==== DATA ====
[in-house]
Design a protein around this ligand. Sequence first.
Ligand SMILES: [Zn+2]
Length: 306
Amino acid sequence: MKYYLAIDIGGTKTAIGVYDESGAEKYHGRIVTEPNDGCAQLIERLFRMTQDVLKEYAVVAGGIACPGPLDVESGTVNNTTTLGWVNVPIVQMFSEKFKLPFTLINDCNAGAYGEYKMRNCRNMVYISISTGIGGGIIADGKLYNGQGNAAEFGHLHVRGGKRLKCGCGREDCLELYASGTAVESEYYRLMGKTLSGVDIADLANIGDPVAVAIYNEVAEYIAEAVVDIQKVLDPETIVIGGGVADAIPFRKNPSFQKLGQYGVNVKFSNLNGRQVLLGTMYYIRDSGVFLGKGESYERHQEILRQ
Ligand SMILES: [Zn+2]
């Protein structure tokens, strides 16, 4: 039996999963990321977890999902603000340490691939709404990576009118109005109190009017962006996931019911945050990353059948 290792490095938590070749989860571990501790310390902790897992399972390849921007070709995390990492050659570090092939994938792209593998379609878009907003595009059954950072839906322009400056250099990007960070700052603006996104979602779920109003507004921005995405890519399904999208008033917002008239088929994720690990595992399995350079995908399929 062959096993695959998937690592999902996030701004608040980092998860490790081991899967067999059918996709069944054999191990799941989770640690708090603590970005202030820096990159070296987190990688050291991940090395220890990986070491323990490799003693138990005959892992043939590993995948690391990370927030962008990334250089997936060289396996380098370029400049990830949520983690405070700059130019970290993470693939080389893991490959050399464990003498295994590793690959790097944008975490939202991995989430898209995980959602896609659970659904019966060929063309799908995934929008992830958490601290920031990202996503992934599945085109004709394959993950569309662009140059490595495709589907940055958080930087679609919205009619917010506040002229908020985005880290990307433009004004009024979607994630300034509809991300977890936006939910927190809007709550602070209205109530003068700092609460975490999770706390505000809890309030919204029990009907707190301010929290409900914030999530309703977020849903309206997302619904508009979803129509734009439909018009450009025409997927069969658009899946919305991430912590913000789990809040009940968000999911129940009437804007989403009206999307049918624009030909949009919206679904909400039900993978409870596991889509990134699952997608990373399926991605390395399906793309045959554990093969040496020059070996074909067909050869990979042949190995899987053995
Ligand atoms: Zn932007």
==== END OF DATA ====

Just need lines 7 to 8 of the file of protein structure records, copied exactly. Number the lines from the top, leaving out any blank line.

């Protein structure tokens, strides 16, 4: 039996999963990321977890999902603000340490691939709404990576009118109005109190009017962006996931019911945050990353059948 290792490095938590070749989860571990501790310390902790897992399972390849921007070709995390990492050659570090092939994938792209593998379609878009907003595009059954950072839906322009400056250099990007960070700052603006996104979602779920109003507004921005995405890519399904999208008033917002008239088929994720690990595992399995350079995908399929 062959096993695959998937690592999902996030701004608040980092998860490790081991899967067999059918996709069944054999191990799941989770640690708090603590970005202030820096990159070296987190990688050291991940090395220890990986070491323990490799003693138990005959892992043939590993995948690391990370927030962008990334250089997936060289396996380098370029400049990830949520983690405070700059130019970290993470693939080389893991490959050399464990003498295994590793690959790097944008975490939202991995989430898209995980959602896609659970659904019966060929063309799908995934929008992830958490601290920031990202996503992934599945085109004709394959993950569309662009140059490595495709589907940055958080930087679609919205009619917010506040002229908020985005880290990307433009004004009024979607994630300034509809991300977890936006939910927190809007709550602070209205109530003068700092609460975490999770706390505000809890309030919204029990009907707190301010929290409900914030999530309703977020849903309206997302619904508009979803129509734009439909018009450009025409997927069969658009899946919305991430912590913000789990809040009940968000999911129940009437804007989403009206999307049918624009030909949009919206679904909400039900993978409870596991889509990134699952997608990373399926991605390395399906793309045959554990093969040496020059070996074909067909050869990979042949190995899987053995
Ligand atoms: Zn932007």